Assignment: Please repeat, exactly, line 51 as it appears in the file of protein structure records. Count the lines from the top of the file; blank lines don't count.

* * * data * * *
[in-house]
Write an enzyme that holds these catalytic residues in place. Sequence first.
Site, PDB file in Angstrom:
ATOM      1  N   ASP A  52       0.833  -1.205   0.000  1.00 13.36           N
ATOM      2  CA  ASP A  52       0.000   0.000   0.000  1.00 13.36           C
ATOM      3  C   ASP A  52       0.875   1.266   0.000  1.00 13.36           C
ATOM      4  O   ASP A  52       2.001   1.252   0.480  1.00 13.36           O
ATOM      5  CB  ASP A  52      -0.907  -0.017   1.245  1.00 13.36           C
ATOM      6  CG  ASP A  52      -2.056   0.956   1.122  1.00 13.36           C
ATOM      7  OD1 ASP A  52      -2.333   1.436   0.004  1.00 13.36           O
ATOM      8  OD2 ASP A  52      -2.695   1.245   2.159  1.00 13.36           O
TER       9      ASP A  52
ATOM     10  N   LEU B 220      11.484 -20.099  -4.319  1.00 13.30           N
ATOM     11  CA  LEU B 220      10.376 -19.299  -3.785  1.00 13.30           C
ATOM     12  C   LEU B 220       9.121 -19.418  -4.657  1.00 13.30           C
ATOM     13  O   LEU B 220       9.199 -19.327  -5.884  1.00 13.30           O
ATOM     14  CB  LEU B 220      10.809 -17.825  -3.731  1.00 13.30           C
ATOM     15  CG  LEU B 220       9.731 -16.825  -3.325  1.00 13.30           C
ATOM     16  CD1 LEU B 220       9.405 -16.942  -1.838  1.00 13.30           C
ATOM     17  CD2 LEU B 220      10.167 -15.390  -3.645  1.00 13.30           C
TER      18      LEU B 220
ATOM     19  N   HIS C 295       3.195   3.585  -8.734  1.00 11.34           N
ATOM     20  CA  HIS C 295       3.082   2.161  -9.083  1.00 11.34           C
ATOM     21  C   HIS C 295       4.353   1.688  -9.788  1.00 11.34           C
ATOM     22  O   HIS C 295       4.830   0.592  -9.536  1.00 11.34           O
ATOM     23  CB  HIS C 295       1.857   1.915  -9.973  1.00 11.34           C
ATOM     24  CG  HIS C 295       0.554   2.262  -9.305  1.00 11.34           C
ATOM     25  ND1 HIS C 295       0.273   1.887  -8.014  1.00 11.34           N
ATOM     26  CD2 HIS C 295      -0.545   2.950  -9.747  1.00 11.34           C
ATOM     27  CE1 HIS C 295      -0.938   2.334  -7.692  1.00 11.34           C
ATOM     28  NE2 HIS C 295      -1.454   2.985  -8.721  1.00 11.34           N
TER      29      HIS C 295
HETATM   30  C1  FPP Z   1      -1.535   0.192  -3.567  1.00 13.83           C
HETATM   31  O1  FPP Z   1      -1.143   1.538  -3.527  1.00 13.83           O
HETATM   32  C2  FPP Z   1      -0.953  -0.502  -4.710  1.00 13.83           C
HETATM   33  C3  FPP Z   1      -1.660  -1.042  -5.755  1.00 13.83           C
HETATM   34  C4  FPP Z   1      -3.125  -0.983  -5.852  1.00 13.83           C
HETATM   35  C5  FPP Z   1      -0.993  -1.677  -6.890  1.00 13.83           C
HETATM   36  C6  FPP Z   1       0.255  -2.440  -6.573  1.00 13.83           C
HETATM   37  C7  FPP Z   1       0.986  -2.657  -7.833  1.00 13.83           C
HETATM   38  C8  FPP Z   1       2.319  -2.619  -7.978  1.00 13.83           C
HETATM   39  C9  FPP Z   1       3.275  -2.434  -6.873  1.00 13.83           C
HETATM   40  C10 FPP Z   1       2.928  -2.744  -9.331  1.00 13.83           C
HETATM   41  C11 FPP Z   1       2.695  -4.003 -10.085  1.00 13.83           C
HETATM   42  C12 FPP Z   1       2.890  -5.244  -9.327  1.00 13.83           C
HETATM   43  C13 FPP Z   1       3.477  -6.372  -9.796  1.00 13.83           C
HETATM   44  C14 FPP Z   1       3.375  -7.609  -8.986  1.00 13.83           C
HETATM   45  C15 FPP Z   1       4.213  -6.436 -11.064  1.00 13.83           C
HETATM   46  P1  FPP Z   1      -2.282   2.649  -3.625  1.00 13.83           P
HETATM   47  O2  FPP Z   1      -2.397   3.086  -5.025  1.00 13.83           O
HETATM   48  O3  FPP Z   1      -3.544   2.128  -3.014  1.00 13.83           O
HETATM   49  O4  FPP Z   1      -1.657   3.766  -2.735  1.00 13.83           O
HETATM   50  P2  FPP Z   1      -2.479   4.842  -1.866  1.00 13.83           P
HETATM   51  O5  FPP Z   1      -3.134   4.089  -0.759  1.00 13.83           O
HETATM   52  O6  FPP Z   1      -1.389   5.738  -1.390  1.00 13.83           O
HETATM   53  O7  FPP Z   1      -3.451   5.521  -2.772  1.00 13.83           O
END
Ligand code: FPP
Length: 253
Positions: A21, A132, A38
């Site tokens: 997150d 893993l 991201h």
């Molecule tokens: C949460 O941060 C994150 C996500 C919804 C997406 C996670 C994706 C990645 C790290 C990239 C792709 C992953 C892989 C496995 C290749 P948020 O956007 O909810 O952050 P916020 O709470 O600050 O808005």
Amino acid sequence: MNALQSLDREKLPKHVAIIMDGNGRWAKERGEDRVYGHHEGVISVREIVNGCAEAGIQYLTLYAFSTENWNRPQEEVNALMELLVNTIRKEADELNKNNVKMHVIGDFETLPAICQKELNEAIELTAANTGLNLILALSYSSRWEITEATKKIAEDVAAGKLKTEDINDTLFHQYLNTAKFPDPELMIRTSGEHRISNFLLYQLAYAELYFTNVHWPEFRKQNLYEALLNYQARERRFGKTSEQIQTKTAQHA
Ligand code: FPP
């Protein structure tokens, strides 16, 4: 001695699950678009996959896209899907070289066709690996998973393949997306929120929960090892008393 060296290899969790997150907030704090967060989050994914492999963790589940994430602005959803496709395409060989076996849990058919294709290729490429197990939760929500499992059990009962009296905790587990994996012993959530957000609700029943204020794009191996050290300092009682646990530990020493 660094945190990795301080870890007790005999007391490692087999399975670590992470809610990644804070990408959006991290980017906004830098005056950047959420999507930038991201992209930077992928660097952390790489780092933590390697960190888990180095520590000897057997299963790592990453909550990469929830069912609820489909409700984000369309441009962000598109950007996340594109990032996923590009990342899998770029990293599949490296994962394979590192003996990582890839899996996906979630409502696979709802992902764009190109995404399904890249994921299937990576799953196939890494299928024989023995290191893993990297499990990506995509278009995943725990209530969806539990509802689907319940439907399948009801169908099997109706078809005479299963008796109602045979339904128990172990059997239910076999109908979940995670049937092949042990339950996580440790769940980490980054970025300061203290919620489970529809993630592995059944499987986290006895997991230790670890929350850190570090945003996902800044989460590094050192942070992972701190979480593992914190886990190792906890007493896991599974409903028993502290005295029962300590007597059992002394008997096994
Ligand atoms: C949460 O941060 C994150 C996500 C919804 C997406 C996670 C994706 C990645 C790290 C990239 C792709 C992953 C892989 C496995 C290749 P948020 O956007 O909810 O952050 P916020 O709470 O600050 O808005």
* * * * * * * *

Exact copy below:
HETATM   48  O3  FPP Z   1      -3.544   2.128  -3.014  1.00 13.83           O